Archive for the ‘Vegetables’ Category

1/2 cup teriyaki sauce
1 tablespoon peanut butter
2 large garlic cloves crushed
1/2 teaspoon grated lime rind
3/4 crushed red pepper flakes

Stir teriyaki into peanut butter. Add garlic, lime rind and red pepper flakes. Mix well and marinade chicken or shrimp in it.


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1 tablespoon sugar
1/2 teaspoon kosher salt
1/4 teaspoon black pepper
1 28 oz can italian plum tomatoes, drained
2 tablespoons unsalted butter cut into small pieces

Preheat oven to 350. Lightly butte an 8 in shallow baking dish.
Stir together sugar salt and pepper in a cup.
Put tomatoes in baking dish and sprikle all over with the sugar mixturE. Dot tomatoes with butter, then bake them until the tmate are partially cllapsed and deeply caramelized in places ( about 1-2 hours). Serve warm or at room temperature.

I serve this with good cheese and olive as an antipasta. Or just as an excellent winter side dish.

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11/2 to 2 3/4 pounds butternut squash (about 2 medium), peeled, quartered lengthwise, seeded, cut crosswise into 1/4-inch-thick slices
2 1/4 pounds medium-size tart green apples (such as Granny Smith), peeled, quartered, cored, but crosswise into 1/4-inch-thick slices

Freshly grated nutmeg
3/4 cup pure maple syrup
1/4 cup (1/2 stick) butter, cut into pieces
1 1/2 tablespoons fresh lemon juice

Preheat oven to 350°F.  Combine squash,  and apples (in layers) in 13x9x2-inch glass baking dish. Season generously with nutmeg, salt and pepper. Combine maple syrup, butter and lemon juice in heavy small saucepan. Whisk over low heat until butter melts. Pour syrup over squash mixture and toss to coat evenly.
Bake until squash and apples are very tender, stirring occasionally, about 1 hour. Cool 5 minutes.

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¼ cup margarine

2 tablespoons green pepper, chopped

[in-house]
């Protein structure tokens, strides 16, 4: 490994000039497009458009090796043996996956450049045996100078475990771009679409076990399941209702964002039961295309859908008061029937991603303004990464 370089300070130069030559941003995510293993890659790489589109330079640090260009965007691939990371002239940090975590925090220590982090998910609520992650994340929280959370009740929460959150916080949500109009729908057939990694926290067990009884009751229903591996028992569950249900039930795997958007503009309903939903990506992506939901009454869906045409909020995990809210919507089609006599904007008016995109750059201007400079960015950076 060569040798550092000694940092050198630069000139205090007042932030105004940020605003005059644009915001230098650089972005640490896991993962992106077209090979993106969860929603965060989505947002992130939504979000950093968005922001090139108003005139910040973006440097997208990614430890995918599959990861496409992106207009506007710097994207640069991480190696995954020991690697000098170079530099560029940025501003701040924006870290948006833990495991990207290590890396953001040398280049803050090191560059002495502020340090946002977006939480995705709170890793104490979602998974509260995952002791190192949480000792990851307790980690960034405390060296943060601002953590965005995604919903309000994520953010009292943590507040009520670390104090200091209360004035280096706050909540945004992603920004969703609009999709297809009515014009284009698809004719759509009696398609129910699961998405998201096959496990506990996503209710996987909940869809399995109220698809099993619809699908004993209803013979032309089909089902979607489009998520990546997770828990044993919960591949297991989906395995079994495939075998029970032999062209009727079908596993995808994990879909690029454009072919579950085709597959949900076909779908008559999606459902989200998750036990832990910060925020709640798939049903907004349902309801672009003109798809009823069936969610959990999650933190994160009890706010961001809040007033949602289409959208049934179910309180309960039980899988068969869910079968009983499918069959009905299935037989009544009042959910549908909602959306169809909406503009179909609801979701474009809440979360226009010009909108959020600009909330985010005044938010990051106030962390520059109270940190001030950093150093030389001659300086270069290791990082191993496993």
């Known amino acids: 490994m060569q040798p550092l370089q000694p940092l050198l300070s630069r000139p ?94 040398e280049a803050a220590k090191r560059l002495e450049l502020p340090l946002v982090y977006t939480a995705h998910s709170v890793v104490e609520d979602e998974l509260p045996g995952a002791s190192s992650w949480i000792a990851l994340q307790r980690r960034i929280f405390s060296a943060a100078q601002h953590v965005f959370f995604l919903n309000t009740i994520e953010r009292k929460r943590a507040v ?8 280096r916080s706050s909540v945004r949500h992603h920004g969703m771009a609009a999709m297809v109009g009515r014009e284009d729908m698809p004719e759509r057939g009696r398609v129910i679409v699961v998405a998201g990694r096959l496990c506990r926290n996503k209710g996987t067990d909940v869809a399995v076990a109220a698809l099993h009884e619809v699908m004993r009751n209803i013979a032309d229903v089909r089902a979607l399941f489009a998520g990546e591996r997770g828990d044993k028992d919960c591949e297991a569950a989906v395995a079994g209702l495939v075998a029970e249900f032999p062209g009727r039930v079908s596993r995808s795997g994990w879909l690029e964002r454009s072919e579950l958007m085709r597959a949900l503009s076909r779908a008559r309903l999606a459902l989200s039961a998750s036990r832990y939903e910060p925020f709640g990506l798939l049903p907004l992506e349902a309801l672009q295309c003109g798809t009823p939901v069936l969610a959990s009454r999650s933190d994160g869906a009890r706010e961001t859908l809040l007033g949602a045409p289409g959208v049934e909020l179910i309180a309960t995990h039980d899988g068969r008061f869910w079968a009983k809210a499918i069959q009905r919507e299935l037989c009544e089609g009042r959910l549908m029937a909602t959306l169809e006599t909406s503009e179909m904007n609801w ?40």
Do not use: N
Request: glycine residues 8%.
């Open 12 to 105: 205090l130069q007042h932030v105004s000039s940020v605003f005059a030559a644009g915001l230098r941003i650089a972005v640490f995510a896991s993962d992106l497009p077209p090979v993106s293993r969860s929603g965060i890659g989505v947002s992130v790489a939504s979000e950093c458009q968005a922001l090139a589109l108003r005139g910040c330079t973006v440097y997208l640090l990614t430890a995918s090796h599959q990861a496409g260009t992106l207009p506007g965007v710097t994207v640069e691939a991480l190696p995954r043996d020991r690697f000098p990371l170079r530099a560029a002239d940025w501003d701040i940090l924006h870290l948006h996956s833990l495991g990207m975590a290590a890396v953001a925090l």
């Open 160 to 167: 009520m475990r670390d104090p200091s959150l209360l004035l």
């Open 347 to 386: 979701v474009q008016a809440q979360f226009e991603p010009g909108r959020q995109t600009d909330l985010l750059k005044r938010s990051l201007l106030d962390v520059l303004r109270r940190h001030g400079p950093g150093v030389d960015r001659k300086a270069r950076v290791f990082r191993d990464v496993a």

½ cup heavy cream

½ teaspoon salt

1 pound fresh mushrooms, sliced

2 tablespoons red pepper, chopped

2 tablespoons white wine

¼ teaspoon fresh basil, chopped


Sauté mushrooms and pepper in butter.  Remove mushrooms and pepper.  Add cream, wine, salt and basil.  Simmer until thickened; add mushrooms and pepper once more.


 This is one that I make, but I’m not a big fan of the mushroom, so I don’t eat it.  But other people seem to like it.   Can be great to put over top a steak (pretend its a fancy resteraunt steak), or can be a lovely little side dish.

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This is a popular choice from the my office’s cookbook.  It is one of the most popular fake vegetables that I occasionally make. 

3 10 oz. packages of frozen spinach; drained

½ onion; chopped

2 Tablespoons margarine or butter

2 Tablespoons flour

1 cup Milk

9 oz. Pepper Jack cheese

½ cup Cracker crumbs

3 Tablespoons Parmesan cheese


·        Heat oven to 350 degrees

·        Cook spinach 3 min. and squeeze dry.  Set aside.

·        Sauté onion in margarine, stir in flour and add milk. Stir until thickened

·        Add hot pepper cheese and stir until melted

·        Combine crumbs and Parmesan cheese; top casserole

·        Bake 20  minutes



10 Servings

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You can eat as a side or serve this over an easy baked/roasted chicken, etc. 


2 cups grape tomatoes, halved
2 tablespoons extra-virgin olive oil
2 cloves garlic, sliced
1 teaspoon balsamic vinegar
Pinch red pepper flakes
Kosher salt

Toss the tomatoes with 1 tablespoon of the olive oil, garlic, vinegar, pepper flakes, and salt, to taste. Spread out on a baking sheet and roast until the tomatoes get juicy, about 15 minutes at 350. 
I added several teaspoons of frozen basil to the mix and an orange tomato sliced.  I also didn’t bother to half the cherry tomatoes. 

It turned out fairly well, and was a quick little winter side dish.  Frankly I’m still eagerly awaiting the glories of summer tomatoes. 

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If you’re aware of the growing amounts of pesticides and chemicals large farms have to spray the fruits and vegetables with, you may be growing slightly concerned.


If you’re like me, you really can’t afford to buy all organic. Awhile back I sort of adopted the notion that I would try and buy organic if I’d be eating the skin. Like apples (have you ever succeeded in getting that waxy residue off an apple?) and grapes nut not bananas and melons. Makes a fair amount of sense right?

Well, there’s an article that tells you which fruits and vegetables in the US are treated with the most amounts of chemicals and pesticides and why.

If you don’t want to read it yourself they are: apples, baby food, milk/butter, cantaloupes, cucumbers, grapes, green beans, spinach, strawberries and winter squash.

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